He would keep quiet, say nothing — at least that’s what he had always promised himself. But he knew that agents had found the 1.5 kilograms he had delivered to Mohan, and the packaging had his fingerprints on it. “I usually don’t touch them. I never touch them, but I was in a hurry,” Sidener says. Plus, as the hours crept by, he began to realize that the agents must be debriefing someone else. One thing he didn’t even consider was calling a lawyer. He preferred to handle this situation on his own. When it was his turn to be questioned, Sidener angled to get the agents to divulge what they already knew. As it turned out, they knew a lot. Sidener waived his Miranda rights and saved the cops the trouble of searching alleys and Dumpsters by telling them where to find the half-kilo hidden in his car. He also answered their questions about his Chicago source, but that person has never been arrested. Asked why, Sidener doesn’t have much to say. “Well, I guess they couldn’t put enough together. Maybe they didn’t have enough time to catch him, or I didn’t give ’em enough information or something. I had a separate [prepaid] phone to call him from, so they never knew about him,” Sidener says. “But I don’t really wanna talk about that.”
His decision to cooperate was the lesser of two selfish choices, Sidener says. “It was either be selfish and tell on all these [co-conspirators] or be selfish and leave my family out to dry,” he says. “I mean, 30 to 40 years is what they were gonna give me if I hadn’t cooperated.”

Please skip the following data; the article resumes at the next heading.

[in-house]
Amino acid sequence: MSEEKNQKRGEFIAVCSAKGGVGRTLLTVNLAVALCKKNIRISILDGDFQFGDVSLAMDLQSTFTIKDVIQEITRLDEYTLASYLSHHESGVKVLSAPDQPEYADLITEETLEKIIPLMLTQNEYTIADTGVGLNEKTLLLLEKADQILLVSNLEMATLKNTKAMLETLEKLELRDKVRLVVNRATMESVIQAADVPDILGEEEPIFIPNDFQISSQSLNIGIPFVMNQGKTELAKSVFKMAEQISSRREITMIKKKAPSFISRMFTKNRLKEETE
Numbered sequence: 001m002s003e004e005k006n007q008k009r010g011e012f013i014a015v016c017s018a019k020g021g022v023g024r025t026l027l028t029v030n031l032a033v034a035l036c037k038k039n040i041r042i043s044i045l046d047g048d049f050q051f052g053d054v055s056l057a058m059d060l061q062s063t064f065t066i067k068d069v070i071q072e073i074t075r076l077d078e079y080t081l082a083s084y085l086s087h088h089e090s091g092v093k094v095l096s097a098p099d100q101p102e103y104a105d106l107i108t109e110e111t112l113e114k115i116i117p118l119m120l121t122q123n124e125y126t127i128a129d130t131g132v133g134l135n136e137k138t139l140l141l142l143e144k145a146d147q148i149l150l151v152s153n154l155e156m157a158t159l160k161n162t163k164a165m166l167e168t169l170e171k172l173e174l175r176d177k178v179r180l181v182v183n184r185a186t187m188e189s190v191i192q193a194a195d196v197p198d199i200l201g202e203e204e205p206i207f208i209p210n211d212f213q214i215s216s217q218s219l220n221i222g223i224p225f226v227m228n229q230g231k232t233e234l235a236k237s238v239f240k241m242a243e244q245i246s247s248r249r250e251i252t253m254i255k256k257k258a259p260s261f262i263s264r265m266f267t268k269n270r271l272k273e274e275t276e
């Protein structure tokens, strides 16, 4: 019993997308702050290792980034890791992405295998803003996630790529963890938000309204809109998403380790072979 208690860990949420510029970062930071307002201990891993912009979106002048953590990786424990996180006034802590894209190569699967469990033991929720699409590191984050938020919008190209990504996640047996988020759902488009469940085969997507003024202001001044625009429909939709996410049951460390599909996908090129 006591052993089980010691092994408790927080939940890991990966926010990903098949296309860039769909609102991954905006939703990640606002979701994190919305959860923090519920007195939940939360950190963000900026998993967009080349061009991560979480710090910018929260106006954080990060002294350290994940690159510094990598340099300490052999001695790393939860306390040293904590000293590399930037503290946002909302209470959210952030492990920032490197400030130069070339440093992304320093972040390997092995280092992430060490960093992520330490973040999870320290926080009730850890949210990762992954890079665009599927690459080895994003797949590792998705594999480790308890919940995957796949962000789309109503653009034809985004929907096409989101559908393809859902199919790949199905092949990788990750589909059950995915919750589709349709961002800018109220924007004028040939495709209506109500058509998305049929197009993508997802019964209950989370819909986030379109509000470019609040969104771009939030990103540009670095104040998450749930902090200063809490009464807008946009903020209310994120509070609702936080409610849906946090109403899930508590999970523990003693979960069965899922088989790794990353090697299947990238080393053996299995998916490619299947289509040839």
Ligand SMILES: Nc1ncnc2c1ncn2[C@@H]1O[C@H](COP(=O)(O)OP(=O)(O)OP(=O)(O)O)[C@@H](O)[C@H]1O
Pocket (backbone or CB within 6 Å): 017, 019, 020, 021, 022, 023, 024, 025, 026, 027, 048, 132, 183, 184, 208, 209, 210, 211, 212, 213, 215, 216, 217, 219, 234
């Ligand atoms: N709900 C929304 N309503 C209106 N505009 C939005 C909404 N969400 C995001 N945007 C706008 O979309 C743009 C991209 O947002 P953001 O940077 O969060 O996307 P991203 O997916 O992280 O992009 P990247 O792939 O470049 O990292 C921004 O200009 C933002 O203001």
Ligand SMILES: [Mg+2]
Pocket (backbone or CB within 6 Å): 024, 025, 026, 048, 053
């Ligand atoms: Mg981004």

He wasn’t the only one. The other participants in the family business also talked to the agents. “Yeah, yeah, yeah — I think every single one of them,” Sidener says. “The feds put a lotta pressure on you.”
But is he angry? Perhaps at CS #1, who was never publicly identified, never charged with any crime? “No, no,” Sidener insists. “If that didn’t happen, something else would’ve happened eventually. I’m not mad at anyone. I put myself in this situation — ain’t nobody’s fault but me. If I didn’t make these choices, I wouldn’t be here.”
He expressed the same sentiment on Feb. 26, 2007, at his sentencing hearing in U.S. District Court. He apologized to the judge, then to his family. His older cousin says it was an emotional scene. “Made me cry,” the barber says. “I didn’t wanna break down, but I sure did.”
The one thing Sidener feels no remorse about is the poisonous product he sold. He compares the situation to owning a bar: If one bar closes, the patrons simply buy alcohol elsewhere.
“Consumption is eminent,” he says. “The hand that feeds is irrelevant.”
 
Sidener now spends his days exercising, studying the stock market, taking classes in financial investment, reading the Bible, and attending church. He’s hooked on day trading and believes that when he’s free he will make enough money legally to recoup all the cash and property he forfeited and then some. “That $500,000 the feds took will look like peanuts. They can have it,” he says. Sentenced to almost 12 years in federal prison, Sidener will spend at least another six or seven years behind bars. Whether his new attitude will last that long remains to be seen. For now, he has no nostalgia for his old lifestyle. “My life was headed for disaster: Huge decline. Self-destruction. Paranoid as hell. Fear of jail, fear of getting robbed or killed, worried about my family and all those people close to me [who] might get caught in the middle somehow. Everybody knew I had money,” he says. “Hard telling what people are plotting — kidnapping, ransom, robbery, whatever. I could have died of a drug overdose. Who knows? I was forced out of this life in the matter of seconds.
“I’m in the best shape of my life now,” he says. “I’m closer to God than ever; I know what I’m gonna do now; I can live in peace, not to mention longer. You can’t sell dope forever.”

Contact Dusty Rhodes at drhodes@illinoistimes.com.